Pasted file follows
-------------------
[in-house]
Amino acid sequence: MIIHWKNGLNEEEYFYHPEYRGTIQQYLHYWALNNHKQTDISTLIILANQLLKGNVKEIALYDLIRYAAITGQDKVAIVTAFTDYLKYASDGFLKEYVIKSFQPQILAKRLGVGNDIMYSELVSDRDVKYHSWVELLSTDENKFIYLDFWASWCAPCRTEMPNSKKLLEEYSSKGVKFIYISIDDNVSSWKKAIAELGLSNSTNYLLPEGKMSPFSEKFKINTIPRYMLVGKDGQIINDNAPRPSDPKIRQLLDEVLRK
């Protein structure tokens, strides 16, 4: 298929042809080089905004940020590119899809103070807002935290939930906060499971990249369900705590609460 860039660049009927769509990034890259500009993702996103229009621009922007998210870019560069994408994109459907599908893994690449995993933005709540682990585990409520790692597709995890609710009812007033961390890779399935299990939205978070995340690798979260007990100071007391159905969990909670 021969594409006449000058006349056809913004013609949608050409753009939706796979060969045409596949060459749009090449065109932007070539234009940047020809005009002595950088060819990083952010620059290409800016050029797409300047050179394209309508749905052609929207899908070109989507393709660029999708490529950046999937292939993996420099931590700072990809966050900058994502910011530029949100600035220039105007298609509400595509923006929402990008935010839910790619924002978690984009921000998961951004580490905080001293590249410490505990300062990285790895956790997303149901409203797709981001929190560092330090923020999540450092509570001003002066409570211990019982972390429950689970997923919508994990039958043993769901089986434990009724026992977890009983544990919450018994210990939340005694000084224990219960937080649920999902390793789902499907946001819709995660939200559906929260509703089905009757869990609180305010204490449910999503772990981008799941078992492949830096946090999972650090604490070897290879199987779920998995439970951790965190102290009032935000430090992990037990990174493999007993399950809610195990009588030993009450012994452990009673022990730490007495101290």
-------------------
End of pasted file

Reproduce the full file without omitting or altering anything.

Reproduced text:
[in-house]
Amino acid sequence: MIIHWKNGLNEEEYFYHPEYRGTIQQYLHYWALNNHKQTDISTLIILANQLLKGNVKEIALYDLIRYAAITGQDKVAIVTAFTDYLKYASDGFLKEYVIKSFQPQILAKRLGVGNDIMYSELVSDRDVKYHSWVELLSTDENKFIYLDFWASWCAPCRTEMPNSKKLLEEYSSKGVKFIYISIDDNVSSWKKAIAELGLSNSTNYLLPEGKMSPFSEKFKINTIPRYMLVGKDGQIINDNAPRPSDPKIRQLLDEVLRK
């Protein structure tokens, strides 16, 4: 298929042809080089905004940020590119899809103070807002935290939930906060499971990249369900705590609460 860039660049009927769509990034890259500009993702996103229009621009922007998210870019560069994408994109459907599908893994690449995993933005709540682990585990409520790692597709995890609710009812007033961390890779399935299990939205978070995340690798979260007990100071007391159905969990909670 021969594409006449000058006349056809913004013609949608050409753009939706796979060969045409596949060459749009090449065109932007070539234009940047020809005009002595950088060819990083952010620059290409800016050029797409300047050179394209309508749905052609929207899908070109989507393709660029999708490529950046999937292939993996420099931590700072990809966050900058994502910011530029949100600035220039105007298609509400595509923006929402990008935010839910790619924002978690984009921000998961951004580490905080001293590249410490505990300062990285790895956790997303149901409203797709981001929190560092330090923020999540450092509570001003002066409570211990019982972390429950689970997923919508994990039958043993769901089986434990009724026992977890009983544990919450018994210990939340005694000084224990219960937080649920999902390793789902499907946001819709995660939200559906929260509703089905009757869990609180305010204490449910999503772990981008799941078992492949830096946090999972650090604490070897290879199987779920998995439970951790965190102290009032935000430090992990037990990174493999007993399950809610195990009588030993009450012994452990009673022990730490007495101290």